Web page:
“Slave” is not exactly the type of job to which many people would aspire.

The ancient world was supported and made possible by slaves. Slaves worked fields, quarried mines, educated children, cleaned clothes and dishes, prepared food, and an innumerable host of other tasks. Their hard work allowed their masters to enjoy the leisure time they expended in noble and less than noble pursuits: philosophy, politics, scientific exploration, symposia, debauchery, etc. While the Roman system of slavery was not nearly as brutal as that of the American South from the 1600s until the 1800s, the life of the slave was still not very pleasant. They were property, supposed to be invisible, always serving at the behest of their master. Some would gain their freedom; many others would not.

Slaves had no social clout and little standing; people did not voluntarily sign up to become slaves. We can only imagine how astonishing and controversial the message of Jesus of Nazareth and His Kingdom would have sounded to ancient ears when He affirmed the value of serving others and being as a slave (Matthew 20:25-28). It would have seemed quite strange to many to hear many of the great Apostles call themselves the slaves of Jesus (e.g. Paul in Romans 1:1, Peter in 2 Peter 1:1). Who would voluntarily decide to consider themselves a slave to anyone?

As Paul is attempting to explain how Christians are not under law but under grace he speaks of how Christians are “servants” (Greek douloi, properly “slaves”) to whomever they obey (Romans 6:16-18). In such a view everyone is a slave; true freedom is illusory. The only question involves precisely whom one will serve. Paul frames the experience of coming to the understanding of Jesus as the Christ, the Son of God, repentance, and the conversion process in general as making the choice to no longer serve sin unto death and condemnation but to serve righteousness in obedience according to the standard of teaching to which Christians have been committed, that is, the Gospel of Christ. Paul does not deny that a free will choice was involved; believers choose to serve righteousness and not sin. Nevertheless the choice was rather circumscribed: continue to serve sin in whatever guise you want to call it, be it idols, self, lusts, etc., or serve God in Christ. With such a perspective we better understand why it would be that early Christians called themselves slaves of Jesus; far better to be a slave of Jesus than to be a slave to the ways of the world!

It is also interesting to note how the Romans obtained their slaves. Some slaves were born into slavery. Others entered slavery on account of debt. Yet the Romans obtained a large number of their slaves from their conquests in war. The people who did not die but who surrendered to the Roman forces would become the next generation of Roman slaves.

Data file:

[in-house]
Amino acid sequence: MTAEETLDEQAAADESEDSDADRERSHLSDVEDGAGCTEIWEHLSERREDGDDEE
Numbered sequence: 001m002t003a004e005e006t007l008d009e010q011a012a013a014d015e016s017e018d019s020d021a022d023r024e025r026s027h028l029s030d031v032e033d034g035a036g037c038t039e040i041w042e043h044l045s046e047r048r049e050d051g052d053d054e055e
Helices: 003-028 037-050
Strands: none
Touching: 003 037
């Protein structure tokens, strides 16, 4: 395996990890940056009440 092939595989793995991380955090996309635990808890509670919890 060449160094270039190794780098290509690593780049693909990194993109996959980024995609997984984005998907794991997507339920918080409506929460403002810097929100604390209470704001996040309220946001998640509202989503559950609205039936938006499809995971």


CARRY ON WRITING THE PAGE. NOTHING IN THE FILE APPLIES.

“Surrender” is a term we do not find explicitly in Scripture; nevertheless, the concept is of great importance. To surrender is to give up; it is generally understood either to give up oneself in war when one can no longer stand their ground and fight or in terms of having to give up possessions to another for some reason. In terms of the Christian faith surrender is the necessary means by which one puts oneself in subjection to or to submit to the proper authorities; one must “give up” one’s right of self-determination in some way so as to follow the orders of the one in authority. In Scripture everyone is to be subject to God and the government which is given its authority by God (Romans 13:1). Christians are to be subject to one another (Ephesians 5:21). Wives are to submit to their husbands as the church submits to Christ (Ephesians 5:22-24). Children ought to submit to their parents in the Lord (Ephesians 6:1-3). Members of the local church ought to submit to the eldership when present (Hebrews 13:17). In all of these situations and relationships real submission or subjection cannot take place until the person proves willing to surrender to the will of the proper authority.

Surrendering is one of the most difficult things any of us can do; whether we want to admit it or not, we like to maintain the (often little) power we think we have. Throughout time people have not thought highly of those who surrender; in some cultures it was considered so shameful that soldiers would rather commit suicide rather than to return to their people after having surrendered. We like thinking of ourselves as being in control and doing well; especially in America “giving up” seems to be the worst possible thing one could do.

Yet let us consider surrender in light of Romans 6:16-18. Just as we are all slaves to something, whether we admit it or not, we also surrender to something. We always “give up” or “give into” something. It may be the ways of the world as communicated in society, culture, family, education, etc. It may be one’s overvalued view of self. It may just be a constant giving into one’s desires. Yet in all those ways a person is surrendering, giving into the forces at work around them. The only other way is to surrender one’s will to God so as to serve Him in Christ!

We are to consider ourselves as slaves of God in Christ, seeking to be obedient from the heart to the Gospel (Romans 6:16-18). In order to be those slaves of God we must surrender our will to Him. It may seem scary and an admission of weakness; such is why we must always remember that God is faithful and worthy of our trust and that His power is made perfect in weakness (2 Corinthians 5:7, 12:9). We should also recognize that not surrendering is not an option: if we do not surrender to God and His ways in Christ, then we are surrendering to the forces of darkness in whatever guise they have taken, be it ourselves, our culture, our education, our lusts, etc. Let us therefore prove willing to surrender our minds, hearts, bodies, souls, and will to God in Christ, trust in Him, obey Him, and advance His purposes to His honor and glory!